The supreme court in Massachusetts has ruled that same-sex couples must be given equal marriage rights in the north-eastern American state.
The issue came to court after seven gay couples filed a lawsuit
It bolsters a ruling by the same court that gay couples have a constitutional right to full marriage rights, not just those conferred by a civil union.
That first ruling set off a firestorm of controversy in the US.
It led the White House to promise to defend what it calls the "sanctity of marriage".
The BBC's Jane Standley in New York says the Massachusetts decision is a highly significant milestone and comes in a year which has seen more legal recognition for gay rights in the United States and in its neighbour, Canada.
But the ruling came a day after the legislature in the state of Ohio gave final approval to one of the most sweeping bans on same-sex unions in the country.
This makes Ohio the 38th state to prohibit the unions.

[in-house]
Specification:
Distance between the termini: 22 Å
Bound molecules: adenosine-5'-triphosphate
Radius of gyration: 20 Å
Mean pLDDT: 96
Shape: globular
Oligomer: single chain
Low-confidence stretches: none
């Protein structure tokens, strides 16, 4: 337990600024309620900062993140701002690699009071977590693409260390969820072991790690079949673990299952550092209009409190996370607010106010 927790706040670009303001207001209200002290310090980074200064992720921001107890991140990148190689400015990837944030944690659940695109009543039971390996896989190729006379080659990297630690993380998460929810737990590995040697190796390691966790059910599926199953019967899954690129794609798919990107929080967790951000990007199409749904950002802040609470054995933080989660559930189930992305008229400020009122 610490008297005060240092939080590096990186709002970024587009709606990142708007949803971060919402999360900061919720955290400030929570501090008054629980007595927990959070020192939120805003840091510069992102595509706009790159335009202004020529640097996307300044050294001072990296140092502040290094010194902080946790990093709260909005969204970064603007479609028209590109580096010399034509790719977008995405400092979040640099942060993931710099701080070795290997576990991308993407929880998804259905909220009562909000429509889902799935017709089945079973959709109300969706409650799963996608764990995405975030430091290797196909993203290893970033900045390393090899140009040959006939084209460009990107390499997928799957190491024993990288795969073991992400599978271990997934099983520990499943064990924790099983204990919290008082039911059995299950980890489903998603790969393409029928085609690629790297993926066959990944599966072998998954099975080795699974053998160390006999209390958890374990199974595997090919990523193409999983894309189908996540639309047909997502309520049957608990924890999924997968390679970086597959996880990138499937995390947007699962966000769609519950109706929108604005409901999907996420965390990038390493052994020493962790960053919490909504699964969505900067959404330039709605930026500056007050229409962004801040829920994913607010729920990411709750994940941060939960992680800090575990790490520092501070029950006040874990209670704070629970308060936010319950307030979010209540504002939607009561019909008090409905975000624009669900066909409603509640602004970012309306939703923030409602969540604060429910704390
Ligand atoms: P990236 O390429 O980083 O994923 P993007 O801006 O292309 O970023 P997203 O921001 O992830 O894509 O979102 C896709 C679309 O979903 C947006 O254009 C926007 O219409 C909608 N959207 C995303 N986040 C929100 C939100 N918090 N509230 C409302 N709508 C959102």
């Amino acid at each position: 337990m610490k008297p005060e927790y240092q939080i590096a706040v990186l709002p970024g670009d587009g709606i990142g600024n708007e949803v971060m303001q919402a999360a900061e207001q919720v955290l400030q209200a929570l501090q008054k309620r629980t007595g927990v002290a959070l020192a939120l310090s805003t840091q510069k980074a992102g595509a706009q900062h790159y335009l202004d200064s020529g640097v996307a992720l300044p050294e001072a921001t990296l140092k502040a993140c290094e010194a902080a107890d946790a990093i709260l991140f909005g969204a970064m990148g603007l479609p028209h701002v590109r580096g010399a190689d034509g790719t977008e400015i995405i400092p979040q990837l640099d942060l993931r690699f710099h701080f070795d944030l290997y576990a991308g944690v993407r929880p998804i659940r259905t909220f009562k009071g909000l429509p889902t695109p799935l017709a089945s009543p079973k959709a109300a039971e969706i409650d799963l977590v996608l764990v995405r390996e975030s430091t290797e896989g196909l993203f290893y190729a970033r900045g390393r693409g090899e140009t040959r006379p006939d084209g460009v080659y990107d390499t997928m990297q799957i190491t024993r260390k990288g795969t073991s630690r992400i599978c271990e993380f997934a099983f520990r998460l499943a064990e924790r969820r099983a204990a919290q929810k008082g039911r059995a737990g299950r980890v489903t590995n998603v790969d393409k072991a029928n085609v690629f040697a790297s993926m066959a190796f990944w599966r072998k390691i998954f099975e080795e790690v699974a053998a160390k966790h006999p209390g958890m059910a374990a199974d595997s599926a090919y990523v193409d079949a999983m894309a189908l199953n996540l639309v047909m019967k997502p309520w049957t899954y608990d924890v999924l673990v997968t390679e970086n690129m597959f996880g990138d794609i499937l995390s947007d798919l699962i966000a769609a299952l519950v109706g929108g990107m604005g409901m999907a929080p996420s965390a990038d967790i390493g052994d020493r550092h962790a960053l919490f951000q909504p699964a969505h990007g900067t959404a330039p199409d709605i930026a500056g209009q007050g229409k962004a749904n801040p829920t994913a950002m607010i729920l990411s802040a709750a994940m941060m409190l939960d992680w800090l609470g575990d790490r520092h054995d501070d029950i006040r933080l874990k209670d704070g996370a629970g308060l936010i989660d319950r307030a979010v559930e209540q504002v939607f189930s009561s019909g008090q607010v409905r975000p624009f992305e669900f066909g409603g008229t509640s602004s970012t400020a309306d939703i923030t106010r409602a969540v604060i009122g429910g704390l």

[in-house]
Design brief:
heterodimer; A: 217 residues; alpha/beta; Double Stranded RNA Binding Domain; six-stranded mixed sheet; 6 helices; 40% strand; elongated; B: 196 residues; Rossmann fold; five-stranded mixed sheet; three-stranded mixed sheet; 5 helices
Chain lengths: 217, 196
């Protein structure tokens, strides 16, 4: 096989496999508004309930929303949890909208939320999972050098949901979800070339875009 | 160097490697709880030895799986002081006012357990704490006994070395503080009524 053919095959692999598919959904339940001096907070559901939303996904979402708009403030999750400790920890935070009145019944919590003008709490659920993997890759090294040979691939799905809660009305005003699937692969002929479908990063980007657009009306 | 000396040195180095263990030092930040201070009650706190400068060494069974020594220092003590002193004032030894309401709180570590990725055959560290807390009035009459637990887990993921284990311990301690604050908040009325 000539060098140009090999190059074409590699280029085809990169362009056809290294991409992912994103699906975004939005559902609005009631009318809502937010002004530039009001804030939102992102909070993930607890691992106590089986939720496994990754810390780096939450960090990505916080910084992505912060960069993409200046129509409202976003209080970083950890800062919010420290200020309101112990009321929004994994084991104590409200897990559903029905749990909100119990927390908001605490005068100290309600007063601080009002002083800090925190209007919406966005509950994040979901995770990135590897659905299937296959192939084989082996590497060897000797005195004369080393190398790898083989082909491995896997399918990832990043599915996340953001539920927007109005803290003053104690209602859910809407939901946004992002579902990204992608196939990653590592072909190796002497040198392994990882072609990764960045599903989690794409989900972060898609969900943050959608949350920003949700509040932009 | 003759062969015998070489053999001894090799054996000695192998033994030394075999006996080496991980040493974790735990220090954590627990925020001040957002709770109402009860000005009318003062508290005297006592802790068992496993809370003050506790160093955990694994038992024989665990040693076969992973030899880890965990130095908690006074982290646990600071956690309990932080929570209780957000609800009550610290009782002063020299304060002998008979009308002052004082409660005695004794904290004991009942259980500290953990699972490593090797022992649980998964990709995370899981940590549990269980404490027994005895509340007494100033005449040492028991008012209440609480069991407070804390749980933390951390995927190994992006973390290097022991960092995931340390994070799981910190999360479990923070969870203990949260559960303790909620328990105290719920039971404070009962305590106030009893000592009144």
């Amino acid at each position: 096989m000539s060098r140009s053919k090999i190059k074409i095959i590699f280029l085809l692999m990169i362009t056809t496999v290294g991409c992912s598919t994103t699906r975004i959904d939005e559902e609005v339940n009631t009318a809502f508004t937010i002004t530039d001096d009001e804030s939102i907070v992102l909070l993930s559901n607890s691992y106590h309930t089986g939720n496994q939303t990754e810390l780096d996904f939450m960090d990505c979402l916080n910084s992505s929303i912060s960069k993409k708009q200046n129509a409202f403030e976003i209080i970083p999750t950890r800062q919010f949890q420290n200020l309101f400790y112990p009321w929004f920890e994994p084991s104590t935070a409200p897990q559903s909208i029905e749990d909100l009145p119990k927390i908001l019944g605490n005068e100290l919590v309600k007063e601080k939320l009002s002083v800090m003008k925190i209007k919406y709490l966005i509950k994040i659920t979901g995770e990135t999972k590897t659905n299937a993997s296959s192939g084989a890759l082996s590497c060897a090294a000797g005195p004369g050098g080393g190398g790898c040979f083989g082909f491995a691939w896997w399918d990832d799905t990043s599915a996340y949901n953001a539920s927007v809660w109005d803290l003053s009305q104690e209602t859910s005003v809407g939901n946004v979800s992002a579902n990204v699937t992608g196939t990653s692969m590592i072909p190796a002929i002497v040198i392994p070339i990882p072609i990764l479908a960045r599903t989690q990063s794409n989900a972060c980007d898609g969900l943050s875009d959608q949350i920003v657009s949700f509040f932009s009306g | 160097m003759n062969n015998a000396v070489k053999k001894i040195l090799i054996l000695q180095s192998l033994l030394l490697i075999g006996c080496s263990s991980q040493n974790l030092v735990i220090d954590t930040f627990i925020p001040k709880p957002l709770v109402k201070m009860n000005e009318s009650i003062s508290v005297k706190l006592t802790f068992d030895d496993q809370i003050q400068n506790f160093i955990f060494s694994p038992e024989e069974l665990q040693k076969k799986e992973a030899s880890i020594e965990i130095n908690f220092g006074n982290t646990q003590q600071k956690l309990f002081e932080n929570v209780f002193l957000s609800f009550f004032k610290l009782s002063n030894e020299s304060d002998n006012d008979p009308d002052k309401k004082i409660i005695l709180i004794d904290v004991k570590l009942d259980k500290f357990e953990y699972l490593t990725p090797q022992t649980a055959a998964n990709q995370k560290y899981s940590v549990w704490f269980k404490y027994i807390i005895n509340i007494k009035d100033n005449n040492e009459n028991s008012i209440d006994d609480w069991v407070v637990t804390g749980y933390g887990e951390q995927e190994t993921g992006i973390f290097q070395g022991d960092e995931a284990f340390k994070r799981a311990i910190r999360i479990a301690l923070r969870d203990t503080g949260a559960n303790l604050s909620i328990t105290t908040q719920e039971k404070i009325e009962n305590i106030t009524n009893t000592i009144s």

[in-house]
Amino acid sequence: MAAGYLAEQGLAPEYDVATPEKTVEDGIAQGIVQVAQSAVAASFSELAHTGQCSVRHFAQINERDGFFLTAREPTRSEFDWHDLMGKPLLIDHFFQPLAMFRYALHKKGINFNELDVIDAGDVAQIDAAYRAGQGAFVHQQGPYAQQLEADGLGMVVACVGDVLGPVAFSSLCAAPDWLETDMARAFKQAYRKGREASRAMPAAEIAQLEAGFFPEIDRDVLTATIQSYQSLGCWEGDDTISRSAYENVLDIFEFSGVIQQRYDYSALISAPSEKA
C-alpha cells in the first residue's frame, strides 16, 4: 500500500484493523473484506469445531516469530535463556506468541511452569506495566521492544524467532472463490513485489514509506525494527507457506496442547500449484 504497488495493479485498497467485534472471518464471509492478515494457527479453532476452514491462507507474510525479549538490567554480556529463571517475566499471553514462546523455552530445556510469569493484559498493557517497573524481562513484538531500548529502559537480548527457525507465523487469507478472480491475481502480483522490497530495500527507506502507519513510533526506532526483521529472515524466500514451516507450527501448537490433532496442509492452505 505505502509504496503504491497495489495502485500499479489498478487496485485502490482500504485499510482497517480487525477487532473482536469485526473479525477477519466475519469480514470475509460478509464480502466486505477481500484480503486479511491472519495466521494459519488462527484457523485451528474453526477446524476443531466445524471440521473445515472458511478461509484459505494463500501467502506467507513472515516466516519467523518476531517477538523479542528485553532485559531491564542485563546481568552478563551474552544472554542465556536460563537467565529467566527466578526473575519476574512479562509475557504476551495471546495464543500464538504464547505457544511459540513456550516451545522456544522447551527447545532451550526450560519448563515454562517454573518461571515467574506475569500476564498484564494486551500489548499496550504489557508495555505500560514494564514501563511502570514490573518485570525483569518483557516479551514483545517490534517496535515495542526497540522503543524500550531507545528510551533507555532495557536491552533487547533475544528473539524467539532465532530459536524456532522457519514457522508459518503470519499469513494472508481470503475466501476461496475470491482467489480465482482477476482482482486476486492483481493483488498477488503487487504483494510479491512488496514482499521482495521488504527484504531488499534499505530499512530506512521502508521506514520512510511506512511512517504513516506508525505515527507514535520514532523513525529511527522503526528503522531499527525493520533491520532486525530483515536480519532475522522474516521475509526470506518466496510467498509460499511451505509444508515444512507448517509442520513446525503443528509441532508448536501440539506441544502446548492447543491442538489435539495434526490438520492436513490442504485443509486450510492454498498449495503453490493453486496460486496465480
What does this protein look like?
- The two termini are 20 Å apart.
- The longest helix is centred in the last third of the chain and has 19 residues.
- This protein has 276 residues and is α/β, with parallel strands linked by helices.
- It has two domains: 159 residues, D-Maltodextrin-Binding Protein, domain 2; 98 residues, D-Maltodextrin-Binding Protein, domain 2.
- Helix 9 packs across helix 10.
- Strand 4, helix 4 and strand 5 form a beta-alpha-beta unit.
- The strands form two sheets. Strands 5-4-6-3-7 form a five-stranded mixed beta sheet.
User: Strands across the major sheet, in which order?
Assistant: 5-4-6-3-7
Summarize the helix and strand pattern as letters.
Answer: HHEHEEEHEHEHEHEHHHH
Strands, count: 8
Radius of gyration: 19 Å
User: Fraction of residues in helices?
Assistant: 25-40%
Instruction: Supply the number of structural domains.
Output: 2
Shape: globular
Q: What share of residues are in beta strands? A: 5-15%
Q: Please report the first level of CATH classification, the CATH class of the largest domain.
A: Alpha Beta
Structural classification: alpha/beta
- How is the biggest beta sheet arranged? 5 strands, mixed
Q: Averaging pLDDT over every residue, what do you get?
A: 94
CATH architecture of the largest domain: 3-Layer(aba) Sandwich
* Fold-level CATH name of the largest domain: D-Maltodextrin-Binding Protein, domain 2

But the law there goes further by barring state agencies from giving benefits to non-married couples irrespective of orientation.
Initial ruling vague
The Massachusetts Supreme Judicial Court issued its ruling in response to a request from the state senate about how it must fulfil its new legal obligations to same sex couples wanting to get married.
"The history of our nation has demonstrated that separate is seldom, if ever, equal," the four justices who ruled in favour of gay marriage wrote in the response.
The initial ruling by the court in November, prompted by a lawsuit by seven gay couples who were refused marriage licences, had been vague in its wording.
Activists on either side of the debate argued that it did not make clear if a civil union - which confers many of the same rights as marriage but not the title - would suffice.
Now it is clear that it will not - marriage means marriage, and the state legislature has six months to change the law to make it happen.
Analysts say that the first same-sex ceremonies in Massachusetts could take place as early as May.
The initial ruling was immediately denounced by President George W Bush, who promised to pursue legislation to protect the traditional definition of marriage as being between couples of different sexes.
He reiterated the point in his State of the Union address two weeks ago, prompting speculation that he will introduce an amendment to the constitution to essentially override the Massachusetts ruling.